San Francisco Chronicle film critic Mick LaSalle wonders whether Philip Seymour Hoffman, who was found dead yesterday, was exquisitely skilled at portraying awkward, sad, tormented characters because the actor himself had low self-esteem:
“He most often played people who were either alienated or had recreated themselves out of profound sense of alienation. Indeed, if you’re looking for a common thread in the work of this versatile and multifaceted actor, that might be it. From the shy teacher in ’25th Hour’ to the self-styled religious leader in ‘The Master’ to the second violinist in ‘The Last Quartet,’ he played lonely men who had made some uneasy accommodation with the surrounding world.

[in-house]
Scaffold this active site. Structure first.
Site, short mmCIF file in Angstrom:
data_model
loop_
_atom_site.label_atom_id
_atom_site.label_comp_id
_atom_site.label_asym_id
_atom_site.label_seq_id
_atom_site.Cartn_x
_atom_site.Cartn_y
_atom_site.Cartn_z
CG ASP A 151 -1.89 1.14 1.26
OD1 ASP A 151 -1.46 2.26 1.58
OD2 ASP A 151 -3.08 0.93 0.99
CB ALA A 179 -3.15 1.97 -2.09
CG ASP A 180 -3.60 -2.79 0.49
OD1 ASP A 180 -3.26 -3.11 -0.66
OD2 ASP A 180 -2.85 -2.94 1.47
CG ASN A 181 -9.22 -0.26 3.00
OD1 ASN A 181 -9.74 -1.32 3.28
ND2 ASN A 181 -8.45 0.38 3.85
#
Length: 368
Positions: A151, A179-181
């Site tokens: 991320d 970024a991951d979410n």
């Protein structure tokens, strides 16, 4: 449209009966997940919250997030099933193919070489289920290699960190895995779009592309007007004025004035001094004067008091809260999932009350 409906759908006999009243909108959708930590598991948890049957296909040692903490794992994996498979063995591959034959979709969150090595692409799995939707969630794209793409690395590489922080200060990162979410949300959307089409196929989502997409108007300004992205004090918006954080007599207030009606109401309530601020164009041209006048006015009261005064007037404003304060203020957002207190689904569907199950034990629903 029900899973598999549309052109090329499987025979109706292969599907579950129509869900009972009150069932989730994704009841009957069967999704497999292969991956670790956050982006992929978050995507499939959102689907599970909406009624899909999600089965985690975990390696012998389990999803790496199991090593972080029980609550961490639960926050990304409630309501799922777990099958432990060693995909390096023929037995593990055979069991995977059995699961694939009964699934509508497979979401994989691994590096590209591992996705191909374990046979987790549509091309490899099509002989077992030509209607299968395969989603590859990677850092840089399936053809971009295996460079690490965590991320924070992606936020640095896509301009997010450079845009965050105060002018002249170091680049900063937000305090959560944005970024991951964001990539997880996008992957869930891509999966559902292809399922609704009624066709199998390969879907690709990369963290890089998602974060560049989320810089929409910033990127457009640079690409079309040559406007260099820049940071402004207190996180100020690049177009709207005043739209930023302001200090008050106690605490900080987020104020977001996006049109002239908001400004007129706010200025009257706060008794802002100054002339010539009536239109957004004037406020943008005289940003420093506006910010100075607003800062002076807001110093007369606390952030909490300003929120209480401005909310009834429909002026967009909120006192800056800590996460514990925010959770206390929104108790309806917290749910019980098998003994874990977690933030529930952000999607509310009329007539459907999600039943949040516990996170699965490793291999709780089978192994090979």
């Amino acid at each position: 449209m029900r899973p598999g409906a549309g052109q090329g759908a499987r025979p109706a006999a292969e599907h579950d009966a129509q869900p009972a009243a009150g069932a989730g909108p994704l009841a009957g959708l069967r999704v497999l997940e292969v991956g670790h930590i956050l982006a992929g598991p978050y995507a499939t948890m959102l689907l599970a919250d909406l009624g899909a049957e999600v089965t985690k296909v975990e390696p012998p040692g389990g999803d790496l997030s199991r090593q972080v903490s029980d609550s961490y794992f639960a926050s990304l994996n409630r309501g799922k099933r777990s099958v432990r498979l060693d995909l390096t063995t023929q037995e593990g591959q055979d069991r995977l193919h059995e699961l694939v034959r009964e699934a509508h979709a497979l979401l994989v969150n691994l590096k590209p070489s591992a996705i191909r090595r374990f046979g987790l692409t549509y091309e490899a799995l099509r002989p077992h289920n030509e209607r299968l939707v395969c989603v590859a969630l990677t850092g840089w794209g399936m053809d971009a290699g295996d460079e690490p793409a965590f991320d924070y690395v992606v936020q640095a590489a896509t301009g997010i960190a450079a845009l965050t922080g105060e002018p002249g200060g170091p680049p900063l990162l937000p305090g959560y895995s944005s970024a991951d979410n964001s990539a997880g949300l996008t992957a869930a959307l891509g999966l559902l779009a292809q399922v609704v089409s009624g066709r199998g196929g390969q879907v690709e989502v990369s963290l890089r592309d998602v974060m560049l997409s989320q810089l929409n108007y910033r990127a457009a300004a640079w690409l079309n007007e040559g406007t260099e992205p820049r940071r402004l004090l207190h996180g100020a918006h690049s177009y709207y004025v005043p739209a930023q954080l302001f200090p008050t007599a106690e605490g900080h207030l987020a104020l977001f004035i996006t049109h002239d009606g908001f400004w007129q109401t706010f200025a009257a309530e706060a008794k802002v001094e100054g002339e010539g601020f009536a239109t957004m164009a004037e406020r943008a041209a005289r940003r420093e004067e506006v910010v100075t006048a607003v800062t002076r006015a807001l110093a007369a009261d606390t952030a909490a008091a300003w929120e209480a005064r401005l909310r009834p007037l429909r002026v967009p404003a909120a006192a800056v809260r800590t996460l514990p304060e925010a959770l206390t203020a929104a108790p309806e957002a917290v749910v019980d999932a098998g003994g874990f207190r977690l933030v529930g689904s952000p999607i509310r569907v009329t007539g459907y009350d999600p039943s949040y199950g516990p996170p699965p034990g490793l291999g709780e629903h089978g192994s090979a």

“He understood flaws. He most certainly understood darkness, particularly the kind of darkness that could restructure itself as creativity. Think of him as the political fixer in ‘The Ides of March’ or as the volatile government agent in ‘Charlie Wilson’s War.’ One must assume this darkness was also within Hoffman himself and this disturbance was part of his gift. For sure, he often exuded a lack of ease in his own skin, a submerged self-hatred. Was this real? One sensed it was, though perhaps it was just the movies.”